Week 1 is always unique because of the time between salary release and lock. This year, a full six weeks will pass before we are forced to make final decisions on our rosters. That creates a ton of unusual situations stemming from injuries, holdouts and fluid depth charts.
I don’t recommend anyone wasting their time building lineups now — too much will change. However, I do think wrapping our heads around the pricing structure and being aware of the soft spots is extremely worthwhile. As news breaks and perception changes through August, we’ll be thinking about it through the lens of DraftKings salaries.
So, here are six things that stood out to me when going over the Week 1 salaries.
1. The Cardinals hype is not reflected in salary
The fantasy community is enamored with the Cardinals. That’s what happens when we combine Kliff Kingsbury’s high-pace Air Raid offense, an expected reliance on shotgun/no-huddle, Kyler Murray’s dual-threat skill set and exciting skill players in David Johnson/Christian Kirk/Andy Isabella.
However, the pricing for a Week 1 home game against the Lions reflects an offense only marginally better than the one that ranked dead last in yards per play and 31st in plays per game last season. Murray is the 14th-most expensive quarterback on the 24-QB main slate, Johnson is a whopping $1,500 cheaper than Ezekiel Elliott, and Kirk ($4700) and Isabella ($3400) are cheap as well.
2. No bargains on holdout backups
We’re not sure yet how the Melvin Gordon and Ezekiel Elliott holdout situations will go. We do know the salaries are structured in the right way. If Austin Ekeler and Tony Pollard start, they are priced at a reasonable $5,500 and $4,500, respectively. If Gordon and Zeke suit up, those guys would be out of play for the most part anyway. Note that Alfred Morris, who just signed with the Cowboys, will be added to the player pool Sept. 2 if he’s still on the team. The salaries also protect against known injuries — for example Darrell Henderson is up at $4,800 as someone who should share time with Malcolm Brown if Todd Gurley sits.
3. No adjustment for Falcons’ defense
Last season, the Falcons were 27th in yards per play allowed, 27th in fantasy points allowed to running backs and 28th in total yards allowed per game. However, the salaries of their Week 1 opponent (Vikings) have not been adjusted. Dalvin Cook ($6,000), Adam Thielen ($6,800), Stefon Diggs ($6,700) and Kirk Cousins ($5,500) are strikingly cheap for a home game against the Falcons — even if their defensive unit is improved via a return to health of key pieces.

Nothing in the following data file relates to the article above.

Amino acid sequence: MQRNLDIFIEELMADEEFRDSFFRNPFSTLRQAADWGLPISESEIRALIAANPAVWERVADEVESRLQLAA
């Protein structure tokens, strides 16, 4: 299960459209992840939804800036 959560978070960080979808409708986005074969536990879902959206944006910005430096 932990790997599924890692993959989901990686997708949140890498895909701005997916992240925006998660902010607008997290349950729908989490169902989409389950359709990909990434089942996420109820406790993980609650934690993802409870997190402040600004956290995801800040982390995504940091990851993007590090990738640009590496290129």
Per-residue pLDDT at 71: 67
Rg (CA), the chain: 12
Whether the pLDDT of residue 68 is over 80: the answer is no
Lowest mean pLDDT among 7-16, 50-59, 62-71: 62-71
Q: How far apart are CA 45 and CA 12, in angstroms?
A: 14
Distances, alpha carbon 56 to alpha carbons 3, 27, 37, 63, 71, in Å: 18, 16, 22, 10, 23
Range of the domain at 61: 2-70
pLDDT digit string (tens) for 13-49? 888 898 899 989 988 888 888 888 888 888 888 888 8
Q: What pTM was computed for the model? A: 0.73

4. Big adjustment for 49ers’ defense
On the other side of the coin, the salaries of the Buccaneers have indeed been adjusted for their Week 1 home game against the 49ers. Jameis Winston has a season-long ADP of QB11 but he is the third-most expensive quarterback on the main slate at $6,600. Only Patrick Mahomes and Andrew Luck cost more. Mike Evans ($7,900) is the third-most expensive wideout, Chris Godwin ($6,200) is priced right near proven studs like TY Hilton ($6,600), and OJ Howard ($5,000) is more than Evan Engram ($4,800). I’ve talked extensively on the DFS Edge podcast and in articles about why the Bucs’ offense excites me this season, but we’re not getting any bargains here.
5. Paying up at tight end will cost you
A key to winning in season-long last year (and also on DraftKings) was being on Travis Kelce, Zach Ertz and/or George Kittle. Ertz broke the single-season receptions record for a tight end with 116, Kittle broke the yardage record with 1,377 and Kelce erupted for a 103-1,336-10 line. Were those seasons outliers? We’ll have to pay right out of the gate to find out. Remember that last year, Week 1 prices were Kelce $6,400 and Kittle $3,300 (Ertz wasn’t on the main slate). The most expensive tight end was Rob Gronkowski at $6,900, followed by Kelce and then down to Greg Olsen at $5,400. This year, Kelce is $7,100, Kittle is $6,600 and Ertz is $6,100. Meanwhile, the bottom range of tight end pricing remains extremely cheap with guys like Evan Engram ($4,800), Hunter Henry ($3,900) and David Njoku ($3,700) providing salary-relief options.
6. Quarterback pricing remains clustered
There was a time long ago when the top quarterbacks on DraftKings were around $8,000 and the serviceable options were all the way down around $5,000. If trying to make an optimal roster, that pricing created a no-brainer decision to take the value. Out of all the positions, quarterback outcomes are easiest to project and are have the smallest range. But those days are gone, as we can see in the Week 1 pricing. There are 12 quarterbacks priced between $6,700 and $5,700, from Andrew Luck down to Carson Wentz. The goal at the position won’t be to be extremely price sensitive, it will be to identify the quarterbacks with the highest floor/ceiling combo.
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I am a promoter at DraftKings and am also an avid fan and user (my username is adamlevitan) and may sometimes play on my personal account in the games that I offer advice on. Although I have expressed my personal view on the games and strategies above, they do not necessarily reflect the view(s) of DraftKings and I may also deploy different players and strategies than what I recommend above. I am not an employee of DraftKings and do not have access to any non-public information.